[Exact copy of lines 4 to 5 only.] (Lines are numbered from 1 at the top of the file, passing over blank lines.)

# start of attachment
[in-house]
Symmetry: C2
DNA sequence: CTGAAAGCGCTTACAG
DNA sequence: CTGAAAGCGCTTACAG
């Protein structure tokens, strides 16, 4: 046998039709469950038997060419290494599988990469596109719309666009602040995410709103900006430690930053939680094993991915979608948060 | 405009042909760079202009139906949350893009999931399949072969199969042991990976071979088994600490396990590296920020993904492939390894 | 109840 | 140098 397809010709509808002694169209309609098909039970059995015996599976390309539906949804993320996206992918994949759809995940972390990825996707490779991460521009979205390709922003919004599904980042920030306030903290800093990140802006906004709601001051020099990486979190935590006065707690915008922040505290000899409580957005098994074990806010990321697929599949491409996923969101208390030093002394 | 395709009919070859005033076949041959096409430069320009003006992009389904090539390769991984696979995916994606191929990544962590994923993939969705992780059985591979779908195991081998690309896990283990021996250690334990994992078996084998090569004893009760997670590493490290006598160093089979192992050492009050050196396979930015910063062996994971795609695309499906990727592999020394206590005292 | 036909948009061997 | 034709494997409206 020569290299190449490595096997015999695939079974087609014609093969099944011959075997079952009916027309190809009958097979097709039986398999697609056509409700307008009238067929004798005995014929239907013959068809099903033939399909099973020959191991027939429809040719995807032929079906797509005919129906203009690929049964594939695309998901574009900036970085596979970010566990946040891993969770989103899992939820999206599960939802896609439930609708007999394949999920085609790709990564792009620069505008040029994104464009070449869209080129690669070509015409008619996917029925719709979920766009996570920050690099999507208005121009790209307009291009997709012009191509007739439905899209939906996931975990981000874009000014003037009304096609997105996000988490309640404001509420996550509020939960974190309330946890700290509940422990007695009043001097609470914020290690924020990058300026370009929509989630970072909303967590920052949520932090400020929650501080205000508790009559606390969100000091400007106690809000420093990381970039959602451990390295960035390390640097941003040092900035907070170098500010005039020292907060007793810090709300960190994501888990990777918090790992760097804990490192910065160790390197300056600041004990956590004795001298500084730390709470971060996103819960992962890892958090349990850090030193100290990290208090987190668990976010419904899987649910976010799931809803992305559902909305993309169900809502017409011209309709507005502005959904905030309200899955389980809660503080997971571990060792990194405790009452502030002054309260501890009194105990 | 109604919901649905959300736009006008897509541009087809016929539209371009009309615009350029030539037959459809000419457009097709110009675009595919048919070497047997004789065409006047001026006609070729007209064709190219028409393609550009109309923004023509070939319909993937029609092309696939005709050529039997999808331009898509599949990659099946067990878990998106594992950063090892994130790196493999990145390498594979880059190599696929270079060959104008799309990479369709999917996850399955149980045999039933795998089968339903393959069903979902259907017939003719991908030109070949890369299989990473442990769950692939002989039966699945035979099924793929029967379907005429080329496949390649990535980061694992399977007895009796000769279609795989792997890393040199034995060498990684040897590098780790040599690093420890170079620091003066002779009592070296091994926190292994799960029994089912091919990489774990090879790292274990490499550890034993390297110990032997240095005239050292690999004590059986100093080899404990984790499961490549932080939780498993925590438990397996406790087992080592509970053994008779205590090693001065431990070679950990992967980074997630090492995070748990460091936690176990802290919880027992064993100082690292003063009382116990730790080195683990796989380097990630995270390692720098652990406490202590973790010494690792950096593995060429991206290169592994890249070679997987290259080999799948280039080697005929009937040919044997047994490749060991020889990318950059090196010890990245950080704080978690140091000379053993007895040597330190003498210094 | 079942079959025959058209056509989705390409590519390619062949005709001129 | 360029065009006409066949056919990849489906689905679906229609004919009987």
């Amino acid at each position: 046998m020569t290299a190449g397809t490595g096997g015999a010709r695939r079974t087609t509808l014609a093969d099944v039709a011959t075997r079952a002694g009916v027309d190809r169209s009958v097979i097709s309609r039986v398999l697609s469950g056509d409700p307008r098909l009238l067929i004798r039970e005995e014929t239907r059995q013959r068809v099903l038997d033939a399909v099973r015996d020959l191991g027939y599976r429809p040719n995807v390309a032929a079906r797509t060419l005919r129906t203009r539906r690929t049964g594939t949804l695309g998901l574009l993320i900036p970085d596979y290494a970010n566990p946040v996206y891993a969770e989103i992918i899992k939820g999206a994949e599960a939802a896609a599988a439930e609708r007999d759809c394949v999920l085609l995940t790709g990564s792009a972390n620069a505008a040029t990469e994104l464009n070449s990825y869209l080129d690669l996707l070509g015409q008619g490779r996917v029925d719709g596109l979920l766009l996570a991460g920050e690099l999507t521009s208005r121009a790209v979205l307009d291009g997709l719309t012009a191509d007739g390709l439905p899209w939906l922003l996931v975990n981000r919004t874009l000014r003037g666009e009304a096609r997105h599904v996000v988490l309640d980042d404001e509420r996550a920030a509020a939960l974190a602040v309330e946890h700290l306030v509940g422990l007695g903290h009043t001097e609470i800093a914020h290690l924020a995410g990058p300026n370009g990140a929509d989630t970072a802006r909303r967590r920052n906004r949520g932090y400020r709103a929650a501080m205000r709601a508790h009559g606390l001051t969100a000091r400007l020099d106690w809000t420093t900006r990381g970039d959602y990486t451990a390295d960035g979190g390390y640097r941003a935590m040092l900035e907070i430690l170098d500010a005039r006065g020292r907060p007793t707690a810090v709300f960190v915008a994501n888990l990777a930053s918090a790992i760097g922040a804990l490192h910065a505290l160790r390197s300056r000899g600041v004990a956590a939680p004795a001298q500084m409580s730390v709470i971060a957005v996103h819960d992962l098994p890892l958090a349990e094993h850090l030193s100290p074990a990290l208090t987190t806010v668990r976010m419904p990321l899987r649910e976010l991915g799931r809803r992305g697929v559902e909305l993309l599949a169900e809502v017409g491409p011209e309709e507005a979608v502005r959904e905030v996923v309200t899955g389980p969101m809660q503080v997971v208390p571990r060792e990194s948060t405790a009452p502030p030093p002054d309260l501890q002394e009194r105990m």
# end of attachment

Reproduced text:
DNA sequence: CTGAAAGCGCTTACAG
């Protein structure tokens, strides 16, 4: 046998039709469950038997060419290494599988990469596109719309666009602040995410709103900006430690930053939680094993991915979608948060 | 405009042909760079202009139906949350893009999931399949072969199969042991990976071979088994600490396990590296920020993904492939390894 | 109840 | 140098 397809010709509808002694169209309609098909039970059995015996599976390309539906949804993320996206992918994949759809995940972390990825996707490779991460521009979205390709922003919004599904980042920030306030903290800093990140802006906004709601001051020099990486979190935590006065707690915008922040505290000899409580957005098994074990806010990321697929599949491409996923969101208390030093002394 | 395709009919070859005033076949041959096409430069320009003006992009389904090539390769991984696979995916994606191929990544962590994923993939969705992780059985591979779908195991081998690309896990283990021996250690334990994992078996084998090569004893009760997670590493490290006598160093089979192992050492009050050196396979930015910063062996994971795609695309499906990727592999020394206590005292 | 036909948009061997 | 034709494997409206 020569290299190449490595096997015999695939079974087609014609093969099944011959075997079952009916027309190809009958097979097709039986398999697609056509409700307008009238067929004798005995014929239907013959068809099903033939399909099973020959191991027939429809040719995807032929079906797509005919129906203009690929049964594939695309998901574009900036970085596979970010566990946040891993969770989103899992939820999206599960939802896609439930609708007999394949999920085609790709990564792009620069505008040029994104464009070449869209080129690669070509015409008619996917029925719709979920766009996570920050690099999507208005121009790209307009291009997709012009191509007739439905899209939906996931975990981000874009000014003037009304096609997105996000988490309640404001509420996550509020939960974190309330946890700290509940422990007695009043001097609470914020290690924020990058300026370009929509989630970072909303967590920052949520932090400020929650501080205000508790009559606390969100000091400007106690809000420093990381970039959602451990390295960035390390640097941003040092900035907070170098500010005039020292907060007793810090709300960190994501888990990777918090790992760097804990490192910065160790390197300056600041004990956590004795001298500084730390709470971060996103819960992962890892958090349990850090030193100290990290208090987190668990976010419904899987649910976010799931809803992305559902909305993309169900809502017409011209309709507005502005959904905030309200899955389980809660503080997971571990060792990194405790009452502030002054309260501890009194105990 | 109604919901649905959300736009006008897509541009087809016929539209371009009309615009350029030539037959459809000419457009097709110009675009595919048919070497047997004789065409006047001026006609070729007209064709190219028409393609550009109309923004023509070939319909993937029609092309696939005709050529039997999808331009898509599949990659099946067990878990998106594992950063090892994130790196493999990145390498594979880059190599696929270079060959104008799309990479369709999917996850399955149980045999039933795998089968339903393959069903979902259907017939003719991908030109070949890369299989990473442990769950692939002989039966699945035979099924793929029967379907005429080329496949390649990535980061694992399977007895009796000769279609795989792997890393040199034995060498990684040897590098780790040599690093420890170079620091003066002779009592070296091994926190292994799960029994089912091919990489774990090879790292274990490499550890034993390297110990032997240095005239050292690999004590059986100093080899404990984790499961490549932080939780498993925590438990397996406790087992080592509970053994008779205590090693001065431990070679950990992967980074997630090492995070748990460091936690176990802290919880027992064993100082690292003063009382116990730790080195683990796989380097990630995270390692720098652990406490202590973790010494690792950096593995060429991206290169592994890249070679997987290259080999799948280039080697005929009937040919044997047994490749060991020889990318950059090196010890990245950080704080978690140091000379053993007895040597330190003498210094 | 079942079959025959058209056509989705390409590519390619062949005709001129 | 360029065009006409066949056919990849489906689905679906229609004919009987």